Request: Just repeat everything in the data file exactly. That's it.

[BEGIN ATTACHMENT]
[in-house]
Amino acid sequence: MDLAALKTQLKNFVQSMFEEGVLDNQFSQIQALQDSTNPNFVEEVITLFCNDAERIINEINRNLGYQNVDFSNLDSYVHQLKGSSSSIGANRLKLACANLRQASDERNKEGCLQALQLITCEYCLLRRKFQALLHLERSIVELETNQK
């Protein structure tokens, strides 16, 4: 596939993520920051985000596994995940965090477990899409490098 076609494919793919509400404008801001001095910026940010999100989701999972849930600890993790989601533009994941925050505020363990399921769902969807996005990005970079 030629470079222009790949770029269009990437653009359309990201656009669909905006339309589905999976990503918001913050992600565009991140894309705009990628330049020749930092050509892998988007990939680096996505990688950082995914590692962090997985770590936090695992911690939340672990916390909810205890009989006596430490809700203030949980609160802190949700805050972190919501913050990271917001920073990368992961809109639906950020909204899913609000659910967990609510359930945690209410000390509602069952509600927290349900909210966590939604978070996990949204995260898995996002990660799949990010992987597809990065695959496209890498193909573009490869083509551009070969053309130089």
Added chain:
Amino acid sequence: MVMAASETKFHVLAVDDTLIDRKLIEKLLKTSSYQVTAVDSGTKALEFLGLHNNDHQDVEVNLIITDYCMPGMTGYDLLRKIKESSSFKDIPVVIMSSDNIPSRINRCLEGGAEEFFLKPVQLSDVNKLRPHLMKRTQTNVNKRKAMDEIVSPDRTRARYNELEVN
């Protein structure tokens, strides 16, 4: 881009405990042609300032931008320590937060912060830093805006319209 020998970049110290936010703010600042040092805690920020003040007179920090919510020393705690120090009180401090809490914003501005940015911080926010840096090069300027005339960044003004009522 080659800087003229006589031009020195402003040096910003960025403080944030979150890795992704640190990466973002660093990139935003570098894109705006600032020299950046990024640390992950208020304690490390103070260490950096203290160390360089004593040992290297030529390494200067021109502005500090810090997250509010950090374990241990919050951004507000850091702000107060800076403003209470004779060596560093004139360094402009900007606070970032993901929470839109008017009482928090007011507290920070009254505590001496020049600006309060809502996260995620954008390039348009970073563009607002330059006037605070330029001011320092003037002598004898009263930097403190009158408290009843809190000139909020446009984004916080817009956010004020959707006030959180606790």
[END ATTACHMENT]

[in-house]
Amino acid sequence: MDLAALKTQLKNFVQSMFEEGVLDNQFSQIQALQDSTNPNFVEEVITLFCNDAERIINEINRNLGYQNVDFSNLDSYVHQLKGSSSSIGANRLKLACANLRQASDERNKEGCLQALQLITCEYCLLRRKFQALLHLERSIVELETNQK
């Protein structure tokens, strides 16, 4: 596939993520920051985000596994995940965090477990899409490098 076609494919793919509400404008801001001095910026940010999100989701999972849930600890993790989601533009994941925050505020363990399921769902969807996005990005970079 030629470079222009790949770029269009990437653009359309990201656009669909905006339309589905999976990503918001913050992600565009991140894309705009990628330049020749930092050509892998988007990939680096996505990688950082995914590692962090997985770590936090695992911690939340672990916390909810205890009989006596430490809700203030949980609160802190949700805050972190919501913050990271917001920073990368992961809109639906950020909204899913609000659910967990609510359930945690209410000390509602069952509600927290349900909210966590939604978070996990949204995260898995996002990660799949990010992987597809990065695959496209890498193909573009490869083509551009070969053309130089």
Added chain:
Amino acid sequence: MVMAASETKFHVLAVDDTLIDRKLIEKLLKTSSYQVTAVDSGTKALEFLGLHNNDHQDVEVNLIITDYCMPGMTGYDLLRKIKESSSFKDIPVVIMSSDNIPSRINRCLEGGAEEFFLKPVQLSDVNKLRPHLMKRTQTNVNKRKAMDEIVSPDRTRARYNELEVN
């Protein structure tokens, strides 16, 4: 881009405990042609300032931008320590937060912060830093805006319209 020998970049110290936010703010600042040092805690920020003040007179920090919510020393705690120090009180401090809490914003501005940015911080926010840096090069300027005339960044003004009522 080659800087003229006589031009020195402003040096910003960025403080944030979150890795992704640190990466973002660093990139935003570098894109705006600032020299950046990024640390992950208020304690490390103070260490950096203290160390360089004593040992290297030529390494200067021109502005500090810090997250509010950090374990241990919050951004507000850091702000107060800076403003209470004779060596560093004139360094402009900007606070970032993901929470839109008017009482928090007011507290920070009254505590001496020049600006309060809502996260995620954008390039348009970073563009607002330059006037605070330029001011320092003037002598004898009263930097403190009158408290009843809190000139909020446009984004916080817009956010004020959707006030959180606790």